World audiences have become used to animated Japanese films from the Ghibli Studios, Ponyo, Howl’s Moving Castle, Arietty…. The audiences have appreciated their animation style, the creation of characters and their simplicity, the backgrounds, the local stories, many serious and reflecting on Japanese history, especially of war.
The film has all these qualities but comes from a different studio. However, it is an invitation for world audiences as well as Japanese audiences to go back into the past, to appreciate different times, different difficulties and how characters coped.
The film opens in the 1930s, focusing on the little girl, Suzu. We see her family, her siblings, the life and style in rural Japanese villages around Hiroshima in the decade before the war. Suzu is quite imaginative, a great capacity for drawing and bringing stories to life.
The screenplay offers many dates which makes the film something of a diary, something of a chronicle. Some years are skipped over quite rapidly, Suzu growing up during the late 1930s, then into the 1940s and her reaching the age of 19.
Audiences will be expecting explicit references to the war and Japanese involvement but this does not immediately happen. So much of Japanese life and international events do not impinge very strongly on people in local villages. What is important for Suzu as a young woman is that she marry. We see an arranged marriage, negotiations, finding a husband, the wife meeting the husband and the grandmother urging her with the symbol of the umbrella and the bride saying that she was willing to open her umbrella for her husband… Human feelings and love come later.
Suzu’s mother-in-law is quite hard on her. While Suzu is a loving wife, she also become something of a servant on the household, being relied on to clean, to mend and sew, to find ways of making meals where food was so scarce. She has a variety of recipes, gathers herbs from the countryside. The family survives. However, her husband goes to war.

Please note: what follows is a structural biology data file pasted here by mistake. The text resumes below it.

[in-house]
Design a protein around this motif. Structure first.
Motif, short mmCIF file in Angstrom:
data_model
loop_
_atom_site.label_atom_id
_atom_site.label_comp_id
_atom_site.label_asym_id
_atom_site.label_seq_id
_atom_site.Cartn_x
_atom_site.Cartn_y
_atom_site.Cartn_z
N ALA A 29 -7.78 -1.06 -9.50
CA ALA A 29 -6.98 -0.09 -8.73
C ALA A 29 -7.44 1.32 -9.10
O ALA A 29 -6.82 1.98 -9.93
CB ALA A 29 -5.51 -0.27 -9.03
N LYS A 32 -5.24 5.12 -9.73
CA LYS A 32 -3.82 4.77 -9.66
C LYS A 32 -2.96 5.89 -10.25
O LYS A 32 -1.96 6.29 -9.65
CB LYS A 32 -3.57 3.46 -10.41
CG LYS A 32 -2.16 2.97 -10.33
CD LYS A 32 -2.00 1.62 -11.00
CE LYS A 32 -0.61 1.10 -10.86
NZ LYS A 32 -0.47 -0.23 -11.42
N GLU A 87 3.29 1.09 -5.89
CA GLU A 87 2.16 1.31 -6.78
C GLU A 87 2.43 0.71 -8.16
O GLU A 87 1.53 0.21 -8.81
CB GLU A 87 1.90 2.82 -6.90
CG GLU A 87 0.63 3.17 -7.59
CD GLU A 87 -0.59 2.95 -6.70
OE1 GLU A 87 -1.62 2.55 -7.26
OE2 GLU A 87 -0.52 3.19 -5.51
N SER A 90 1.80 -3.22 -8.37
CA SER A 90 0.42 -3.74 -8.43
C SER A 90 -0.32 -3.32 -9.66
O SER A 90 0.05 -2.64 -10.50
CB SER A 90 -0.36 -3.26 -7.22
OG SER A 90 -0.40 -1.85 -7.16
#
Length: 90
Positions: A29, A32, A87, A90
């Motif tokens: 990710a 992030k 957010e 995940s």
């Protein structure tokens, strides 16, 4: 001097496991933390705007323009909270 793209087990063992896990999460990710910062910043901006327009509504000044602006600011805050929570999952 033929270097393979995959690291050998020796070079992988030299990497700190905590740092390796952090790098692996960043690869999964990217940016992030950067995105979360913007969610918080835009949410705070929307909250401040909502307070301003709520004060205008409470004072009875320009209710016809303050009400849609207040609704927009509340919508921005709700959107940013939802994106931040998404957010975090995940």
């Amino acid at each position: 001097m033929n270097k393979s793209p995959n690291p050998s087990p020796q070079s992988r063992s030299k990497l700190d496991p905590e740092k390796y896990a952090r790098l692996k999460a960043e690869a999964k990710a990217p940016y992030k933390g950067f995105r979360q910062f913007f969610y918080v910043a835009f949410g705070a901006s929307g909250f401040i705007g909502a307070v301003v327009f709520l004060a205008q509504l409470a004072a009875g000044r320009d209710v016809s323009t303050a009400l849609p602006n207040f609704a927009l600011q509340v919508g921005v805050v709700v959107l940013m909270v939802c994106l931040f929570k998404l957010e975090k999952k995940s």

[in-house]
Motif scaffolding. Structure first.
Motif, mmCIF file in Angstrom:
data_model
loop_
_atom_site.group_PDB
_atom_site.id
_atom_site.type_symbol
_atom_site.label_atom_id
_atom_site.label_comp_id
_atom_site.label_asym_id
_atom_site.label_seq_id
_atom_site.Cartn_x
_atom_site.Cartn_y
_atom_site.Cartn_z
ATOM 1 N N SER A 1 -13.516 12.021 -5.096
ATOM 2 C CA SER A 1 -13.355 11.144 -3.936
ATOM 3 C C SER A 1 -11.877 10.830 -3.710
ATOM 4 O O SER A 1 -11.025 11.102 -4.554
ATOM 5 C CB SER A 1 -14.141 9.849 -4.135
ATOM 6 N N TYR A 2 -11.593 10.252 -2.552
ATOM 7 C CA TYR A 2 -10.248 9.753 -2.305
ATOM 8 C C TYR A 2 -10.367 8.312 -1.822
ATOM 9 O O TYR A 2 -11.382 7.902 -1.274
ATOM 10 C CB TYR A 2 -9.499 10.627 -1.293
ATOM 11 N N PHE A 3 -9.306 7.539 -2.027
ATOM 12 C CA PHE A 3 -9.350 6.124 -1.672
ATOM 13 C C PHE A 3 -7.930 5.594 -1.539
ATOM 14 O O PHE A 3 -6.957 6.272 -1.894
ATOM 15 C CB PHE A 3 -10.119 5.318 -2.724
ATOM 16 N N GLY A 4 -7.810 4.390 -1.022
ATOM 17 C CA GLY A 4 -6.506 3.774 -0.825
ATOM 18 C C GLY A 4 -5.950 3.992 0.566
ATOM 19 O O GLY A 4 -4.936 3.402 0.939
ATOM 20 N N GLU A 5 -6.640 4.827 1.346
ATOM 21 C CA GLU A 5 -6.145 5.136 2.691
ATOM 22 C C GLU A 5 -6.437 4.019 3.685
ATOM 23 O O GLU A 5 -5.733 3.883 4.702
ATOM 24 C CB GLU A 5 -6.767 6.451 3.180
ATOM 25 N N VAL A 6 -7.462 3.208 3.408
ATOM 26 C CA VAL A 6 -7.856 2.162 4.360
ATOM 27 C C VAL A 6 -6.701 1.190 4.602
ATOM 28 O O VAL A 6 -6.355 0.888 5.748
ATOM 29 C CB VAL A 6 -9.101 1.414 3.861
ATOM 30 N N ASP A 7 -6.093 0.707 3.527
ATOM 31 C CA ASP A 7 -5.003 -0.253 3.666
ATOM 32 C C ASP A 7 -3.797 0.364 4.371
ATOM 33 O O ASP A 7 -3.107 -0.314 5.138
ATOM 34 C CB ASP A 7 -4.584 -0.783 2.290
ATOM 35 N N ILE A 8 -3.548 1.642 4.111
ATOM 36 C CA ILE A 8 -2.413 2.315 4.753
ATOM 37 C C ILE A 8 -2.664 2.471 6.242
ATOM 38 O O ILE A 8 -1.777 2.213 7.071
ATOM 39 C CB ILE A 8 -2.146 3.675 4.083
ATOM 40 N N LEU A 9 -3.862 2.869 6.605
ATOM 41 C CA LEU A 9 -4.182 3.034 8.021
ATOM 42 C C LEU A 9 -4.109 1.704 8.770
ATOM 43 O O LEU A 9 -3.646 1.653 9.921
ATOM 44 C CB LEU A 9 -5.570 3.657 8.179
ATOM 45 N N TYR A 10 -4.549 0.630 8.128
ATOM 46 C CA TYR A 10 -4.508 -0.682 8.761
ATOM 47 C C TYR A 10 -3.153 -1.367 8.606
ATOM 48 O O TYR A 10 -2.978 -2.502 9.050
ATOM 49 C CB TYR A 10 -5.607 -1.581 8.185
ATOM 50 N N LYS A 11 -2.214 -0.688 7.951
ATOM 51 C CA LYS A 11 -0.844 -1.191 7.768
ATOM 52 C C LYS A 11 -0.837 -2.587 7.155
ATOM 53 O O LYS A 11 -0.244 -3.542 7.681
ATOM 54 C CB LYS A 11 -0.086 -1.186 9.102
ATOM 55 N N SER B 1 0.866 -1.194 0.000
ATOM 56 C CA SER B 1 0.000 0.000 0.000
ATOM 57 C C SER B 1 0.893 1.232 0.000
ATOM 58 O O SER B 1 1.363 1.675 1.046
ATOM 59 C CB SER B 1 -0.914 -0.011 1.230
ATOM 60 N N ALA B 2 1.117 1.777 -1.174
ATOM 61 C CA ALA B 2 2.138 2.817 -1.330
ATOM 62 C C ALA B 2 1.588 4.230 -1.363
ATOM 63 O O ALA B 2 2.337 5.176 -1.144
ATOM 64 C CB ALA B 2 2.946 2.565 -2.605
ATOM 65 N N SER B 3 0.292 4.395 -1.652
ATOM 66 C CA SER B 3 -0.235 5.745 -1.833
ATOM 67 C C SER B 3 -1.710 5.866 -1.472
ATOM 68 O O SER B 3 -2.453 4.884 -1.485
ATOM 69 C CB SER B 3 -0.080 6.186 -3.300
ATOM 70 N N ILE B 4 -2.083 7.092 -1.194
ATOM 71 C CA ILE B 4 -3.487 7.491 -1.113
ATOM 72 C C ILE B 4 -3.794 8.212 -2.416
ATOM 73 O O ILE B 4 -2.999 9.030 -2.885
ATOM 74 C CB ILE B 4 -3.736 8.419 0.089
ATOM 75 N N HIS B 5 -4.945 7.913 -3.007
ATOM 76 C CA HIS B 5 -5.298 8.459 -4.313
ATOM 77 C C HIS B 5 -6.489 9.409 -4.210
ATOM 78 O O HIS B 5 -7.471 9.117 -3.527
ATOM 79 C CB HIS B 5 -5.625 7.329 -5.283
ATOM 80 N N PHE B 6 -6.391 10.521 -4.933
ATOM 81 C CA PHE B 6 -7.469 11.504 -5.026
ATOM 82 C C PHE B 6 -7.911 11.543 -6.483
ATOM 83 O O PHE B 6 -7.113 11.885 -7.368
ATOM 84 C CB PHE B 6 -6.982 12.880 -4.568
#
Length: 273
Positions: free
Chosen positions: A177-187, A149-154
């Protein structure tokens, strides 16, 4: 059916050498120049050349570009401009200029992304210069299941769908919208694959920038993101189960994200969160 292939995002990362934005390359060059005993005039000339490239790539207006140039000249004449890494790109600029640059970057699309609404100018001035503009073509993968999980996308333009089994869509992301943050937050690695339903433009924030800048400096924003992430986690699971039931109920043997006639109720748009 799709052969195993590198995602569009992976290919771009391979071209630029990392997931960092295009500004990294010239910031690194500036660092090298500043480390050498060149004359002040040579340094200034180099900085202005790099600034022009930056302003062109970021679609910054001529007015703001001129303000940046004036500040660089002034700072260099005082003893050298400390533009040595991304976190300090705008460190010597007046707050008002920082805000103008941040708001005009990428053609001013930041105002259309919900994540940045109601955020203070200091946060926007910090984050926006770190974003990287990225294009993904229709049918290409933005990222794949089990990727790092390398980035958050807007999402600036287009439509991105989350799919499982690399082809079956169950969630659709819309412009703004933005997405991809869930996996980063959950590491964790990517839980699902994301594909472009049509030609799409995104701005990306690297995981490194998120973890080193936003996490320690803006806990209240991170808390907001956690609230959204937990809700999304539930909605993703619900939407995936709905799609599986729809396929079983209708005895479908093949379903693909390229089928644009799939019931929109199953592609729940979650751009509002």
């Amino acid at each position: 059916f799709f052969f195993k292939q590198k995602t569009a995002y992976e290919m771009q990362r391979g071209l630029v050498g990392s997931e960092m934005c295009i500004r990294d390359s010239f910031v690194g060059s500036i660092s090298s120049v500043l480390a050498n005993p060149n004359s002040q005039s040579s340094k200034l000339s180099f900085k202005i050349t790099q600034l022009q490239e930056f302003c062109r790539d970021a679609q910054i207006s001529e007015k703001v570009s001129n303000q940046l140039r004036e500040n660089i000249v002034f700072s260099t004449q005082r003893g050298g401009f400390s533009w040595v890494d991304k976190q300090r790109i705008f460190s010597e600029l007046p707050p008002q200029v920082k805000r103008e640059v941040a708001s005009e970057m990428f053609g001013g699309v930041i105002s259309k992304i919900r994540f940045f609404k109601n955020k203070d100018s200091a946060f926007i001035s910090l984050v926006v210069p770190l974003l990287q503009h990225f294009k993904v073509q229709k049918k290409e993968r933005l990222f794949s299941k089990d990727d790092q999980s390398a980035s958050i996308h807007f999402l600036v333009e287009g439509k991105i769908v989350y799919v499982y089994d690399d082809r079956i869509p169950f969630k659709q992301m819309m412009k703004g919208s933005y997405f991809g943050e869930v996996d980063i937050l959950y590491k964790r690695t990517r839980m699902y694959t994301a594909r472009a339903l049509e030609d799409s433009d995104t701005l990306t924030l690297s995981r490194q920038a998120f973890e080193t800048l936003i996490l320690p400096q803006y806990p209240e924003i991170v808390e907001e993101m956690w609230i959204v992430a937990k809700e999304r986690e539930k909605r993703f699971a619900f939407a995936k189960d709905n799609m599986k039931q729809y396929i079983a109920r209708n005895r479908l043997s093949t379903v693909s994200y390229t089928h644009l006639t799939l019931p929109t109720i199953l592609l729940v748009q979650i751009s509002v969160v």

The people in the village and the audience become much more conscious of the war, looking at the naval base of the ships in Hiroshima Bay. Then the planes begin to fly over, exploding in a variety of colours over the screen. Then there are the bombardments, the family seeking safety in dugout shelters.
We know that the atomic bomb is coming. Suzu wants to go back to her home in Hiroshima from her husband’s village but has lost her hand in a bomb blast, the hand with which she drew. The bombardment also kills her companion, a little girl. Which means that she is not in Hiroshima when the bomb was dropped. And the audience does not see it. Rather, there are vibrations, the vast cloud, and the repercussions for the people of the city as well as of the neighbours.
Then the war is over, the Emperor surrenders, the Americans arrive, offering chocolate, and the Japanese have to adapt to defeat, the prospects of a different life and the rest of the 20th century. That, of course, is something that the audience for this film supplies in retrospect.
The film is bright in colour, gentle in its storytelling, a different perspective on Japan in the 1930s and 1940s.
Peter Malone MSC is an Associate of the Australian Catholic Office for Film and Broadcasting.
Review by the Australian Catholic Office for Film and Broadcasting | Uploaded by: Mary Jennings